When farmers get their harvest, they have told us that they go through many hardships to sell them in the market. Their vegetables get graded and are given a price which is lower than what they should get. Some farmers use chemicals to make their harvest look healthy but a majority of farmers cannot resort to such measures.

The rates at which their produce are sold is a small proportion of the final price as they lack the logistics required to reach the end consumer. Only a small proportion of their produce is sold to consumers in their village.

Farmers and their average incomes

The average income of a all of the farmers who we have disbursed loans to fall under 5k. They grow cash crops, various vegetables, paddy and gram.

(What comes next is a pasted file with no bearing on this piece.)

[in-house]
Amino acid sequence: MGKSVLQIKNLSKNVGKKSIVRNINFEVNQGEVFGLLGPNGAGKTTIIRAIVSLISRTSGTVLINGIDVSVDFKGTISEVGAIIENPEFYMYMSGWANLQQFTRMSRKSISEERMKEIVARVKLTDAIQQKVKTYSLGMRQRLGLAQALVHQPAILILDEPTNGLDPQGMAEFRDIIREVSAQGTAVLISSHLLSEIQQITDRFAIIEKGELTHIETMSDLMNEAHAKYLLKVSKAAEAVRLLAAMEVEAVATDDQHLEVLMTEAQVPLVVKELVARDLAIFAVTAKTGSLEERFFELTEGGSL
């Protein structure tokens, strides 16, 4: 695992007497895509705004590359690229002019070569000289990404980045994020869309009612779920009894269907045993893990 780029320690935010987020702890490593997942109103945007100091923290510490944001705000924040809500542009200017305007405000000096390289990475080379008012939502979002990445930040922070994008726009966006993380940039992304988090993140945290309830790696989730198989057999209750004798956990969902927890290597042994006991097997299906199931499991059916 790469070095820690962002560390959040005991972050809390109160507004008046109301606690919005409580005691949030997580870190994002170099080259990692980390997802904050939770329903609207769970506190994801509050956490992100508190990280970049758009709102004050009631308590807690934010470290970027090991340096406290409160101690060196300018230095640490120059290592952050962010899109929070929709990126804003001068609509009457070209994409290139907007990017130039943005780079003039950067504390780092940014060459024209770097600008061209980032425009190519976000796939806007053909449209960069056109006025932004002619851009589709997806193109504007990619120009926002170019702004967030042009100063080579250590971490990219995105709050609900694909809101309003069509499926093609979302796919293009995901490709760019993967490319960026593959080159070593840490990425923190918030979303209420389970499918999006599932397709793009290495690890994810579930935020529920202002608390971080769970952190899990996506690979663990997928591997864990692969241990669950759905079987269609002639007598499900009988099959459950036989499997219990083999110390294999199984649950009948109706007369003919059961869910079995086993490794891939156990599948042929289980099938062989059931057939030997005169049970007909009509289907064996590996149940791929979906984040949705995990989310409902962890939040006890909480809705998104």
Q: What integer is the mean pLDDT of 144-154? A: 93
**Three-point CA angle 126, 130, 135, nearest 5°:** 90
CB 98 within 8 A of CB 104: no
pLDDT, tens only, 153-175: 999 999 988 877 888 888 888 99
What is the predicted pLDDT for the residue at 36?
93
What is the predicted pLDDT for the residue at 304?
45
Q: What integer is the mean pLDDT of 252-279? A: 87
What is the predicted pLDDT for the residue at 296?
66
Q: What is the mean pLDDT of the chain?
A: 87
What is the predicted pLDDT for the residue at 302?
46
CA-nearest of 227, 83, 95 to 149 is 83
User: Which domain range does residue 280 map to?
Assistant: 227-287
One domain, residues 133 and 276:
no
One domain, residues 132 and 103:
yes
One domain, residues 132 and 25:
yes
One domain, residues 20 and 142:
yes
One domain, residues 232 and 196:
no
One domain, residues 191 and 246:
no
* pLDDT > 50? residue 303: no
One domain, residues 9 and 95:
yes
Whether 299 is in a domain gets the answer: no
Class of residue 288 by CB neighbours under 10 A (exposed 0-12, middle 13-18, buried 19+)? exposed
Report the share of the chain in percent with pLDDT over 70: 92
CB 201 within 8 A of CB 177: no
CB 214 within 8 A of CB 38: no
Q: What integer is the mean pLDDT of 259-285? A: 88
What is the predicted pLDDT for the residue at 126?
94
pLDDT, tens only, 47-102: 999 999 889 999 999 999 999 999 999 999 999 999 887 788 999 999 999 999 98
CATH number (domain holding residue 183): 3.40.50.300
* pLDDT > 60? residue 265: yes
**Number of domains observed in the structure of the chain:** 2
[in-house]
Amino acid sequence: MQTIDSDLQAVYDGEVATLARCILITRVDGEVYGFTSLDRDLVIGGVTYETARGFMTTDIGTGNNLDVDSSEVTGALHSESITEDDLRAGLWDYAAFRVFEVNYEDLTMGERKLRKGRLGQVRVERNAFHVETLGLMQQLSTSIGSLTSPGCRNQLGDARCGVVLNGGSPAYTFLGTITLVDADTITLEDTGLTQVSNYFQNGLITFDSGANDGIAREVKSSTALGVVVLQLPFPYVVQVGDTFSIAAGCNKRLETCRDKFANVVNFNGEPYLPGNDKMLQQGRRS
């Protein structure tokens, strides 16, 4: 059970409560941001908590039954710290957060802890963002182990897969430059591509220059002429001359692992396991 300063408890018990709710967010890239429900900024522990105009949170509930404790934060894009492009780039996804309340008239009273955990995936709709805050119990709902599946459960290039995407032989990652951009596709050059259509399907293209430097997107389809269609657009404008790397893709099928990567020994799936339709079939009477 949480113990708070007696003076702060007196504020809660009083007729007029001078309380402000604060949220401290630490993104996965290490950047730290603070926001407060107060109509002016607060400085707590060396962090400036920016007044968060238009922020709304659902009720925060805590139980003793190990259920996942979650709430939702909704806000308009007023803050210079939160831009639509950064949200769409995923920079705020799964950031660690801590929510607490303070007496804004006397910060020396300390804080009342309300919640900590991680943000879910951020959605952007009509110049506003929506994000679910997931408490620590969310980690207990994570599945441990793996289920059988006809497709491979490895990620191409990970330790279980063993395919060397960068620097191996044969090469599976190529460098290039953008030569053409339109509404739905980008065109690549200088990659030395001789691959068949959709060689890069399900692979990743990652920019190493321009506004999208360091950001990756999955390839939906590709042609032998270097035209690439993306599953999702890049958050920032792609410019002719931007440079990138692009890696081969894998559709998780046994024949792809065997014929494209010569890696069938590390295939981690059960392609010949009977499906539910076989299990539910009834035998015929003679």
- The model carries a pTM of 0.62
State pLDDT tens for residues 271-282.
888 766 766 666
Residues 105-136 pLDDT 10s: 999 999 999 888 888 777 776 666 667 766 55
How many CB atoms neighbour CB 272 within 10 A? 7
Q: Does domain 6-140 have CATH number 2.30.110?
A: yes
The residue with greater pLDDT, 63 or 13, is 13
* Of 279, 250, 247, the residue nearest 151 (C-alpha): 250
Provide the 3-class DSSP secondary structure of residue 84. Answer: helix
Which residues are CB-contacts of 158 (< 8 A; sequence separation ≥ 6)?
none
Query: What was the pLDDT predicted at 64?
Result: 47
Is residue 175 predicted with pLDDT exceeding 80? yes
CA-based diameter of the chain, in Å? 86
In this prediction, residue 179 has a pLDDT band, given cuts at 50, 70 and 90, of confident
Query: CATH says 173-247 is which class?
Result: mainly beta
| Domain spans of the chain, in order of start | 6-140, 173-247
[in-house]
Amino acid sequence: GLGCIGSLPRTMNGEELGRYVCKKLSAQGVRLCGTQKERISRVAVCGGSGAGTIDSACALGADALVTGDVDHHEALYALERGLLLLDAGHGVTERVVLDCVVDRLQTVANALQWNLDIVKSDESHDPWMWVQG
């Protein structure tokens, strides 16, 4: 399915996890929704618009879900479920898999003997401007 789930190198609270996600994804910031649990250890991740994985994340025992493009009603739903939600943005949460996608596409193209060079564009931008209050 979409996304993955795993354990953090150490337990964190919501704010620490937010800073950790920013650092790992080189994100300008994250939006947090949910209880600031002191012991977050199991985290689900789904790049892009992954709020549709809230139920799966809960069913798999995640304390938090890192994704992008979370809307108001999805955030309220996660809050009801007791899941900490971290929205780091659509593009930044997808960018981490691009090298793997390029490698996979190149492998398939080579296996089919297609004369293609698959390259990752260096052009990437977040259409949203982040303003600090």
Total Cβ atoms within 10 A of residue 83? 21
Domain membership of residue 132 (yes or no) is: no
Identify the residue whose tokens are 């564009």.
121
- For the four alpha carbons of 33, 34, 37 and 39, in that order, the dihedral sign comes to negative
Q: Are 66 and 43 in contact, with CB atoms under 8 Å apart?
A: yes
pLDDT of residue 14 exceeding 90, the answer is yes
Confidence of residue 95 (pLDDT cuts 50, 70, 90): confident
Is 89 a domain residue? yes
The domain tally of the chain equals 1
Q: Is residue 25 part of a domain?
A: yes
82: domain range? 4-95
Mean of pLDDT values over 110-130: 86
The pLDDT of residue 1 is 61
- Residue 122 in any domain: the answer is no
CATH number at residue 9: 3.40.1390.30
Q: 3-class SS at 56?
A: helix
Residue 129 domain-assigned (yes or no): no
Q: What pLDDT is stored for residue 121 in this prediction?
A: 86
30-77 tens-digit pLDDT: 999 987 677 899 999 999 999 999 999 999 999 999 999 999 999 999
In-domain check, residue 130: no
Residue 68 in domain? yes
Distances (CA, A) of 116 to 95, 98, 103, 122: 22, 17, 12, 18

In many cases, they often work as agricultural labourers in bigger farms as well

In Tamil Nadu, we work with Adivasi farmers who have always been excluded from formal financial systems and are marginal farmers who have less than 2.5 acres of land and can rarely apply for loans from banks.

In Telangana, we work closely with ALC (Access Livelihoods Consulting) to support women producer companies. We have been informed of drastic times when farmers have had to throw what they have grown instead of going to the market to sell them when the market is down and they could not prevent rotting.

Some of our partners like Dharani in Andhra Pradesh offer storage facilities so that the farmers have a choice to store their vegetables until they get a good price.

How does a Rang De loan help them?

Given that the odds are stacked against them, it is clear that they need a favourable financial arrangement. The loans that you help contribute towards have made it easier for them to purchase their inputs and increase their margins.

They can also think about growing their produce as the increased savings they have allows them to invest in the growth of their business. Maybe they get a chance to hire more labourers or else buy equipment or perhaps they even travel farther and reach a bigger market.